For any pregnant woman who hesitates before asking her doctor that really weird question but asks it anyway, here is the book for you -- and it probably has your question in it.
The Pregnancy Test: 150 Important, Embarrassing, and Slightly Neurotic Questions is billed as part trivia, part prescription and includes questions from real moms-to-be. Compiled by authors Melissa Heckscher (former paranoid pregnant woman, now paranoid mother) and ob-gyn Dr. Emily Sikking (daughter of veteran actor James B. Sikking), this book really delivers. (I know!)
And you don't have to be expecting to wonder about the answers to questions like:
-True or False: Twins can accidentally hurt each other in the womb?
-Why is Botox unsafe for use during pregnancy?
-Can I skydive?
-True or False: Babies cry in the womb
-Can I defer jury duty because of pregnancy?
-True or False: Feta cheese is safe to eat during pregnancy
-True or False: You can become pregnant while you are already pregnant
-Is it dangerous to get a bikini wax?
-How much you eat can determine the sex of your baby. (TRUE!)
Mixed in with the silly and hyper is a lot of great medical advice -- the very first question is about alcohol consumption -- and there is a strong core of basic common sense throughout. Most often the most reassuring answer is also the right one because the authors are also teaching new moms to trust their judgment and follow their instincts -- great preparation for the really challenging work that comes once the baby is born. Worry enough but not too much.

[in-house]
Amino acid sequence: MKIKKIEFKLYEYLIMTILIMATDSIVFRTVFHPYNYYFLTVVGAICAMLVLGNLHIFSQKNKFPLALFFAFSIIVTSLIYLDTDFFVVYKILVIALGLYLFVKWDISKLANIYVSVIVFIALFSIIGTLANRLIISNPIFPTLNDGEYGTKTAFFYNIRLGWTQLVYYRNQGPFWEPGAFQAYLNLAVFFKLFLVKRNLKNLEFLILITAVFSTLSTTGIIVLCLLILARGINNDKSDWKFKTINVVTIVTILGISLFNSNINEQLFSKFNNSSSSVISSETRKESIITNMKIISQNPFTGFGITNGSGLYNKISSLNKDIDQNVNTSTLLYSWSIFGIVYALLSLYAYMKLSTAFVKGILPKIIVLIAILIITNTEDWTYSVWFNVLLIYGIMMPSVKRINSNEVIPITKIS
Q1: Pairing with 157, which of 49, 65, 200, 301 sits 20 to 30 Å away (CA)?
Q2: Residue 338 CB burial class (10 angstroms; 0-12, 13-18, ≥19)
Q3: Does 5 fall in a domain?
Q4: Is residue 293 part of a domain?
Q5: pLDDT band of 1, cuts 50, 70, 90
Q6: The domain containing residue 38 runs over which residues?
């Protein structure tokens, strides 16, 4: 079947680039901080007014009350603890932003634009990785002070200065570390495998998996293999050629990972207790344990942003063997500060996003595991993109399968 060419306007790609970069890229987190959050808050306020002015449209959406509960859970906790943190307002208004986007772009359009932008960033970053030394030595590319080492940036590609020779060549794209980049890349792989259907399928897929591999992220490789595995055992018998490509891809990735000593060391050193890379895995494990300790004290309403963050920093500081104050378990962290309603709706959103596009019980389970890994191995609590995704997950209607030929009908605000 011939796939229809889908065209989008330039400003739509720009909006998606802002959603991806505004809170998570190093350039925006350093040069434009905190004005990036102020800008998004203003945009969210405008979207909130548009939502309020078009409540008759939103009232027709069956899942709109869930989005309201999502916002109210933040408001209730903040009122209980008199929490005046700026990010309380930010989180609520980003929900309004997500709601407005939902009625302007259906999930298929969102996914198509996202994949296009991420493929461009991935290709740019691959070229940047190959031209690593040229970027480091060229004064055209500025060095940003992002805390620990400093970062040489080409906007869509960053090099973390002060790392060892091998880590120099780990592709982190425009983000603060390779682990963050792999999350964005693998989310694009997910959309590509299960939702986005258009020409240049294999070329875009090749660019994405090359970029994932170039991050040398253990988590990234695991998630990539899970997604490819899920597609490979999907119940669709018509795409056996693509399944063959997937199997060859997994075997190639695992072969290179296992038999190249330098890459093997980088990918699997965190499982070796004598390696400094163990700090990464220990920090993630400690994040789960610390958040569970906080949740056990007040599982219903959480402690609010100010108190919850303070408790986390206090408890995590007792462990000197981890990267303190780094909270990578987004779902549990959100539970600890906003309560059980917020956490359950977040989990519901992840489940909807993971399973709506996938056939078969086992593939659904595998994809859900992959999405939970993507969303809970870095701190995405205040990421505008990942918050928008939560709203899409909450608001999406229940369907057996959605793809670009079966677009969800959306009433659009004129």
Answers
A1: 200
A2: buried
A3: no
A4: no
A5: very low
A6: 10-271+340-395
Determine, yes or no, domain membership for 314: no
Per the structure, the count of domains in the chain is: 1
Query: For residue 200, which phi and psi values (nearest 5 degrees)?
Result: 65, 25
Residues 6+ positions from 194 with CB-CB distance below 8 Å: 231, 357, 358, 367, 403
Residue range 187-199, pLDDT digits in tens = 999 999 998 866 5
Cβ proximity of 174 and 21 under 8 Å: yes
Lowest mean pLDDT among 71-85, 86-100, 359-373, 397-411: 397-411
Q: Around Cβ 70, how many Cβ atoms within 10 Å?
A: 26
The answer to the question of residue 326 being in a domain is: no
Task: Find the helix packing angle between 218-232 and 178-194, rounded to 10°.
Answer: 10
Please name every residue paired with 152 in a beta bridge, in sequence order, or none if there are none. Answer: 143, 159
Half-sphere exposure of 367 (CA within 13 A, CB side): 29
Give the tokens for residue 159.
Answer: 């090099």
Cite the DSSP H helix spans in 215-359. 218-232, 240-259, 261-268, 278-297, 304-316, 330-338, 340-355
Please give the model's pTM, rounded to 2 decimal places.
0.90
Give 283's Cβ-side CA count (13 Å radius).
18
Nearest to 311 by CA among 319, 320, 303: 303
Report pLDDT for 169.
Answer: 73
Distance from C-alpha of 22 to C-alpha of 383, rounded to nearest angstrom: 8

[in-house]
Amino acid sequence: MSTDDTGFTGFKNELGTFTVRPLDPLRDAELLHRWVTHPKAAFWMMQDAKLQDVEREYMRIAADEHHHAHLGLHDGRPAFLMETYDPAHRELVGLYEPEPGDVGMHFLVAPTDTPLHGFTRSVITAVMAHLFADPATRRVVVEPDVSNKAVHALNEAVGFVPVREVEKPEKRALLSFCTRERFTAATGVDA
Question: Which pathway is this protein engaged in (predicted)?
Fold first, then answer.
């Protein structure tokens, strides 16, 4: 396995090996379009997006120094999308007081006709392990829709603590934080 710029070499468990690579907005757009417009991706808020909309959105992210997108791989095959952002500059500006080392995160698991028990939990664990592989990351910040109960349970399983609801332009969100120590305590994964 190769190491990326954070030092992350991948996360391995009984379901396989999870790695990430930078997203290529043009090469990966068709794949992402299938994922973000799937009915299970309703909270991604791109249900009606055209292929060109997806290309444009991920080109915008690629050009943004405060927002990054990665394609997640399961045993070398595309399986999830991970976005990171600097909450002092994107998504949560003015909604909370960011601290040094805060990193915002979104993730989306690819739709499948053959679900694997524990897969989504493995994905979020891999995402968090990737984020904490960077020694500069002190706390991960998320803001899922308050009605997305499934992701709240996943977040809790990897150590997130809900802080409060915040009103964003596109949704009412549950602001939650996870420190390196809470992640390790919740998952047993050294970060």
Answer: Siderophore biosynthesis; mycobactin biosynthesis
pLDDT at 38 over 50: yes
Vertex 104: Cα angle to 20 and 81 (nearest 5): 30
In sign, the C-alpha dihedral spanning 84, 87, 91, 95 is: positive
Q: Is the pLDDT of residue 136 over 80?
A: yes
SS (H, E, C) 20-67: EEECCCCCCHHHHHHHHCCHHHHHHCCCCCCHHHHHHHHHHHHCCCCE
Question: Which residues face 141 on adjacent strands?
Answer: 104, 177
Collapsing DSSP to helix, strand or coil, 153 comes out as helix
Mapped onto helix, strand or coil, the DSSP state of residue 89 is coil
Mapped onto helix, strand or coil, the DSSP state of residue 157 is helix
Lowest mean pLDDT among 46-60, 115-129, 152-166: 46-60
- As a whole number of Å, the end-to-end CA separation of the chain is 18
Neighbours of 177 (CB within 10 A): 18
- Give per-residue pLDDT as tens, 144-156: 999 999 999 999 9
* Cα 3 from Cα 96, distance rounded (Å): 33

I recently interviewed Dr. Sikking about the book and her own thoughts about pregnancy and medicine:
Q: The great thing about this book is that is answers both serious (drinking) and silly (underwire bras, volcanoes) questions -- what in your experience is the number one thing you want to tell pregnant women, i.e. what's the most important piece of information, advice you can give?
A: Enjoy this time. It is short lived and you can't get it back once it is over.
Q: What is the silliest question you ever had from a pregnant patient?
A: I really can't put a finger on the silliest because there is validity to every question.
Q: What's the most frequent question?
A: I think the most frequent question is likely did I do something prior to finding out I was pregnant that hurt the baby.
Q: If someone is buying this book they are probably pretty careful, informed and engaged in their pregnancy already -- but are you also trying to educate some women who may not be aware of basic health issues with pregnancy?
A: I want this book to reach everyone and help any woman be informed and empowered during this very hormonal, out of control, new and exciting experience that is so special.
Q: What type of pregnant person worries YOU the most?
A: What worries me is the cavalier person who doesn't grasp any of the seriousness of being responsible for something else other than themselves for this very brief period of time.
Q: I know you've seen it all -- what has surprised you most in your career about pregnancy?
A: I'm most surprised by how people can change so much by the hormones of pregnancy and postpartum.
Q: What kind of expectant mom were you? Has having your own babies helped you with your patients? (and patience?)
A: I was a really good patient I think? I did as I was told but I am very fortunate in that overall I had uncomplicated pregnancies. I am a far better doctor after having my own kids. It gives perspective.
Q: What do you love most about your work?
A: I am the luckiest person in the world because not only do I love what I do and am pretty good at it I also get to be a part of one of the most important experiences in a person's life... the baby, mom, dad and the whole family.
It is the coolest!
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